Ever since the term «nepo baby,» which refers to stars whose parents are part of the entertainment industry, first exploded on social media last year, and particularly since Vulture published a cover story in December detailing the countless actors, directors, musicians and more who have benefited from family connections, numerous celebrity spawns have found themselves in the crosshairs of outrage.

Some of these personalities have argued that it is unfair to count a person’s birth against them: O’Shea Jackson Jr. (son of Ice Cube) encouraged the famous progeny to «not let anyone get it into his head that he must feel bad» about his background, while others have lashed out at critics for pointing out his exceptionally privileged backgrounds.

Model lottie moss (Kate’s sister) tweeted that she was «so sick of people blaming nepotism for why they’re not rich and famous» while Jamie Lee Curtis (daughter of Tony Curtis and Janet Leigh) claimed that the nepotism conversation is “simply designed to try to belittle, denigrate and hurt” those who have benefited from it. then there is eva hewsonBono’s daughter, who claimed that the Vulture team behind the «nepo baby» piece was «jealous» and called out the editor-in-chief for their own family privilege.

Tony Curtis, Janet Leigh, with Jamie Lee Curtis in 1991.
Tony Curtis, Janet Leigh, with Jamie Lee Curtis in 1991.Jim Smeal/Ron Galella Collection via Getty Images

Defensiveness is self-defeating, it just pays more attention to the issue and the resulting criticism for ignorance and screen rights. But a self-described «baby nepo» has finally cracked the code to how to defuse these attacks: owning the title, not shying away from it.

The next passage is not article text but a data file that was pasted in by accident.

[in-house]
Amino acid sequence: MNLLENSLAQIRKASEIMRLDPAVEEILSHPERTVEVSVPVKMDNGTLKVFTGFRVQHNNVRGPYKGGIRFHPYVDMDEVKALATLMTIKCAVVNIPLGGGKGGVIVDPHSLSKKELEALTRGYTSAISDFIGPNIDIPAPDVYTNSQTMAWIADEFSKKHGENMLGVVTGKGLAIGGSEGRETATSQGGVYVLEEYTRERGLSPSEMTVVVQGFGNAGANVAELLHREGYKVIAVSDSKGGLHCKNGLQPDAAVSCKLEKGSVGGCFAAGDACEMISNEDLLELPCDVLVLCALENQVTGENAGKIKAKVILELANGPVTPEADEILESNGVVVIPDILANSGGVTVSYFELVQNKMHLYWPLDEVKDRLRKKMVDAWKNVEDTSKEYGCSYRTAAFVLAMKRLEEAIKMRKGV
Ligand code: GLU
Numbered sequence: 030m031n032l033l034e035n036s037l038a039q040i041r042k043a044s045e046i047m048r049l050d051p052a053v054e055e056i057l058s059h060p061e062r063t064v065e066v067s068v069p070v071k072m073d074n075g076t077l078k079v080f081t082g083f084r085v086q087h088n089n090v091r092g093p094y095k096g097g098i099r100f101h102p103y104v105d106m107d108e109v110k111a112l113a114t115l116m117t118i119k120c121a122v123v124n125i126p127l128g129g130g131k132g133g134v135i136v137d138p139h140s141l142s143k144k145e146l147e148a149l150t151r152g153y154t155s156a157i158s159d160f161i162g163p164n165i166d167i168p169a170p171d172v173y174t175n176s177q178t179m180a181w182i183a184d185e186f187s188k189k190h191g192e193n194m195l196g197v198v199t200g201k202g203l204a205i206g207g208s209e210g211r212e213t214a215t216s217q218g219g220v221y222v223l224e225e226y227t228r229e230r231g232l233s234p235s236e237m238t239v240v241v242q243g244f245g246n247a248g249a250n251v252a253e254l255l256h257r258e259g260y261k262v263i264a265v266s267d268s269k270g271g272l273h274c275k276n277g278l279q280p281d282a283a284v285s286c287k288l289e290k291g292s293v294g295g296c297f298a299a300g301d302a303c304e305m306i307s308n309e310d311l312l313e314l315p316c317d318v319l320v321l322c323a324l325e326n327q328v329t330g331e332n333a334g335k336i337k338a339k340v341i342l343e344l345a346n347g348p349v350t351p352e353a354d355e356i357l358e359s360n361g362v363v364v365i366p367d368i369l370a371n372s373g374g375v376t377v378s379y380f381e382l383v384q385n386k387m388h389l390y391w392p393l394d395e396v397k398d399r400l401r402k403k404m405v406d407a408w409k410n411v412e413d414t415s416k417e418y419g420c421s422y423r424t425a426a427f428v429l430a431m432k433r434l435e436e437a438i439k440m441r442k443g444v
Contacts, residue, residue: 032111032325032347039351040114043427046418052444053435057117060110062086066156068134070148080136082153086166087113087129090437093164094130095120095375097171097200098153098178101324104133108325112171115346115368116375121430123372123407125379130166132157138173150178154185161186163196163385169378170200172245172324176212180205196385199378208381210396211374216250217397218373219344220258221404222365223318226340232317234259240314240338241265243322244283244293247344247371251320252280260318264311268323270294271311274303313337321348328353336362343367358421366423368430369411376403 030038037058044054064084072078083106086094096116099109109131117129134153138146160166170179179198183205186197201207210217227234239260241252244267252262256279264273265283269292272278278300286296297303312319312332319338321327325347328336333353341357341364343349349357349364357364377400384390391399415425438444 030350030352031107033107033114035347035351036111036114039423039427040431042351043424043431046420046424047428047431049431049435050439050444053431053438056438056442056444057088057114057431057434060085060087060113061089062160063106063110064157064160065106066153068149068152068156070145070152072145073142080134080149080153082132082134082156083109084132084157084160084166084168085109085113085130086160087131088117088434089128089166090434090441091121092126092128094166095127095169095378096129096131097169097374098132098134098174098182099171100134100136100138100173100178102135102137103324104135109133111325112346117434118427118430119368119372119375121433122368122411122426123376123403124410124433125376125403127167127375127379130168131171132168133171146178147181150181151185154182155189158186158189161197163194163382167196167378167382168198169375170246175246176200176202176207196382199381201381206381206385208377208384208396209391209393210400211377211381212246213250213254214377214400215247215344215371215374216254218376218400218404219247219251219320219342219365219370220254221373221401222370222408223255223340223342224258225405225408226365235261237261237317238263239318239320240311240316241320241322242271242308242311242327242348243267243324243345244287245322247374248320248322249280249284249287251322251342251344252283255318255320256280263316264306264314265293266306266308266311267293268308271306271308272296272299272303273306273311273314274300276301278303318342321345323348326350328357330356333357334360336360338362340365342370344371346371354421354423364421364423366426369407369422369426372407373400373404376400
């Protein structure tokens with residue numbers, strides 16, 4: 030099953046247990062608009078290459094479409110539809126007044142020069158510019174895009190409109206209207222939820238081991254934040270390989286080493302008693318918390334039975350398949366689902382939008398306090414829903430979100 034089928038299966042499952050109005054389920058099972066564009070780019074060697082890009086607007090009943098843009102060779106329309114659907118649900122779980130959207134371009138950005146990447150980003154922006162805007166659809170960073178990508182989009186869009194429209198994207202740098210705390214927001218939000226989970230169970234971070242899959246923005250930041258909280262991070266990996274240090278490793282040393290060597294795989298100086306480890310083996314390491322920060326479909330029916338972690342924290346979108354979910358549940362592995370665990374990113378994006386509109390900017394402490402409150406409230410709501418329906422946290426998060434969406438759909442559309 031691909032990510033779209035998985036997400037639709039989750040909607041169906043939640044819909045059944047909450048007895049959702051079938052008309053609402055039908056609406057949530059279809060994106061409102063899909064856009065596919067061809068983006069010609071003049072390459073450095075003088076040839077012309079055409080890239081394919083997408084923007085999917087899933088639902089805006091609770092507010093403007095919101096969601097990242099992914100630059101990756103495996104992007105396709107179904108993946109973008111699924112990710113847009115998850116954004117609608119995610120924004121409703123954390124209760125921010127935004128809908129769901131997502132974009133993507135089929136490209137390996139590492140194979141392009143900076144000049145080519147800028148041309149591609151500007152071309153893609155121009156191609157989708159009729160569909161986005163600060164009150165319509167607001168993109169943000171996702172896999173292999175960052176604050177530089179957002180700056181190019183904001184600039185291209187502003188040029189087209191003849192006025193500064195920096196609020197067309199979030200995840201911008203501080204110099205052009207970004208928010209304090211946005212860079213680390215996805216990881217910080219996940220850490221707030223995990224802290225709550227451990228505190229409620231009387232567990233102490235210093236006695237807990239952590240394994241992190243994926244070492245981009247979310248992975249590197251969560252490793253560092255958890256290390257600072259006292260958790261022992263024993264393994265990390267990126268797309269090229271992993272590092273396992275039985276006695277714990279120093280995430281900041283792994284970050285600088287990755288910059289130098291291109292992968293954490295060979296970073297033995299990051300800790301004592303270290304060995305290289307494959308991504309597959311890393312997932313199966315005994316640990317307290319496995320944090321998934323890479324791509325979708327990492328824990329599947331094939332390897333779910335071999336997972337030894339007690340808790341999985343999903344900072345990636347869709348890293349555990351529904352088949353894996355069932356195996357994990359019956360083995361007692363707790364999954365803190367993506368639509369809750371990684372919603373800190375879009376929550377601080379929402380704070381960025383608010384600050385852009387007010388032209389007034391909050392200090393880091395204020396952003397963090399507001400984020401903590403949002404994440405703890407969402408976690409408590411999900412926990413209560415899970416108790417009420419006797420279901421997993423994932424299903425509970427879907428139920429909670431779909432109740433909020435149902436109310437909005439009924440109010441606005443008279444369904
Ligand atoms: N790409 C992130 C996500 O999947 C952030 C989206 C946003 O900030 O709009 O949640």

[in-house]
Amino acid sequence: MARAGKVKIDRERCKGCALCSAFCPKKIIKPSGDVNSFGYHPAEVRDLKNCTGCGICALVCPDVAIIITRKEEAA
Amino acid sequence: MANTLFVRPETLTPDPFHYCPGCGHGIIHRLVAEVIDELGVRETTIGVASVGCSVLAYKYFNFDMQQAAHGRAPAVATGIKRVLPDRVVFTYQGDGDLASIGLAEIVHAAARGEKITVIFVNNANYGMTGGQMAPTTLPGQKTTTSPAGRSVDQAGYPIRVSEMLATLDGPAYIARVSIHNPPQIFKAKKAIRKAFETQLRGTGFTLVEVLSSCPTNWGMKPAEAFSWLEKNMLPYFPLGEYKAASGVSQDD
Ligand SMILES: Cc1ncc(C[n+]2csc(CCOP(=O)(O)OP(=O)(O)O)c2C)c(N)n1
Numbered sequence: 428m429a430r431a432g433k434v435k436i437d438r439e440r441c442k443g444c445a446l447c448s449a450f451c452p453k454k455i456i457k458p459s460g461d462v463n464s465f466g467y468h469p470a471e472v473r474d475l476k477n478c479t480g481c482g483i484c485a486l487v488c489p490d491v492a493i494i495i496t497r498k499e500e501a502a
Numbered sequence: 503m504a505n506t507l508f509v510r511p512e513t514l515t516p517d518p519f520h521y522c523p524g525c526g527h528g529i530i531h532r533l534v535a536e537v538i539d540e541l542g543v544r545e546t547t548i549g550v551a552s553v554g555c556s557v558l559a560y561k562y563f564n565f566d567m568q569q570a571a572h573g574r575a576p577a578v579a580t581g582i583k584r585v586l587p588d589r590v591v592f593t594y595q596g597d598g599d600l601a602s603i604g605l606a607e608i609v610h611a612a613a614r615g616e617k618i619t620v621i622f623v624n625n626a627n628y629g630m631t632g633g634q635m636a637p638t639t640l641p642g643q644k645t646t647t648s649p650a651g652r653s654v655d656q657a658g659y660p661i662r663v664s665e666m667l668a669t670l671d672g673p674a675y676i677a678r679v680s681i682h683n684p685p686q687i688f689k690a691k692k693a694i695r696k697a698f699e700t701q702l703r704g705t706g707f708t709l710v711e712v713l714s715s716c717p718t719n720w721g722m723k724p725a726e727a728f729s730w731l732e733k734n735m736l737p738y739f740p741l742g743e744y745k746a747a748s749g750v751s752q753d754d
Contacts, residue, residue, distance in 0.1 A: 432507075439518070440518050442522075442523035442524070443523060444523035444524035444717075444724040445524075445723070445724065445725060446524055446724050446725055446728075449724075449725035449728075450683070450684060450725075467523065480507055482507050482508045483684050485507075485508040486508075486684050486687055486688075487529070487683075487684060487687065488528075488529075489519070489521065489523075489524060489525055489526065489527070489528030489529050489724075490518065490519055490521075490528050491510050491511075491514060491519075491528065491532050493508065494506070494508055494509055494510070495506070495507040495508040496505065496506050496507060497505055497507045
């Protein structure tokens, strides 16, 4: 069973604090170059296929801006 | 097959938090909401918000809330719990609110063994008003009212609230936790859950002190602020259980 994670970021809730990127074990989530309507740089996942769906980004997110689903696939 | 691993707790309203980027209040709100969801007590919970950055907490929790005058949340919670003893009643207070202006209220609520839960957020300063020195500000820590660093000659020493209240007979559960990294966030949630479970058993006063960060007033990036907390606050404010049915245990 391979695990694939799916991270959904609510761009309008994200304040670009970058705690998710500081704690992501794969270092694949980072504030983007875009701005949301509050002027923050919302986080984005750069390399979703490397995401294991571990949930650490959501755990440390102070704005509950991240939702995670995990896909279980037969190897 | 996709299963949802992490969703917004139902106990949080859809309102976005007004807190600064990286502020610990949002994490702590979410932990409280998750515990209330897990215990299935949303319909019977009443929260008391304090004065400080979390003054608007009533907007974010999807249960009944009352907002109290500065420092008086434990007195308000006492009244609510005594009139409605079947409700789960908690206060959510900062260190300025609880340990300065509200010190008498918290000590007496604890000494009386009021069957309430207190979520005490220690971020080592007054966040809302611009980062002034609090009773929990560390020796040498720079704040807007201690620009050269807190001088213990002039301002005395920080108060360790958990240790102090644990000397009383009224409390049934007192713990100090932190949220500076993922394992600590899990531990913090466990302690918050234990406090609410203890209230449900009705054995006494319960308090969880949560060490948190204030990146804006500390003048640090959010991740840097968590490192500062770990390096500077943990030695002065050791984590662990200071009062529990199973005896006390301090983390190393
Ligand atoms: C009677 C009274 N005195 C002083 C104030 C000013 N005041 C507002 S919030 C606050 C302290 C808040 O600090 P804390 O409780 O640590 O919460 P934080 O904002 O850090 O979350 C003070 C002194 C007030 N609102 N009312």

in a interview with wired In late December, actress Allison Williams, the daughter of former NBC News and MSNBC anchor Brian Williams and television producer Jane Gillan Stoddard, acknowledged her highly privileged background without hesitation or question. «There’s no conversation about my career without talking about the ways I’ve been fortunate,» said Williams, 34, adding: «If you trust your own ability, I think it becomes very easy to recognize.»

She noted that early in her career, she was «definitely concerned with making sure people understood that I was a hard worker, as if that would somehow absolve me of privilege.» When she realized that this was not something she could absolve herself of, she simply accepted reality and continued to prove her worth beyond her last name.

So in a Thursday interview with Vulture Williams went on to say: “All people are looking for is an acknowledgment that there is no level playing field. It’s just unfair. Period, end of story, and no one is really working that hard to make it fair. Not recognizing that starting out as an actress as someone with no connections isn’t the same is ridiculous.»

After all, it’s hard to imagine that Judd Apatow would have cast her in HBO’s “Girls,” propelling her to stardom without the help of his industry connections.

And before her «Girls» breakthrough, Williams held summer jobs as a production assistant on the set of «Prairie Home Companion» and as an assistant assistant to Tina Fey. “It doesn’t take away from the work I’ve done,” said the star of the animated horror film “M3GAN,” which opens Friday. «It just means it’s not that much fun rooting for me.»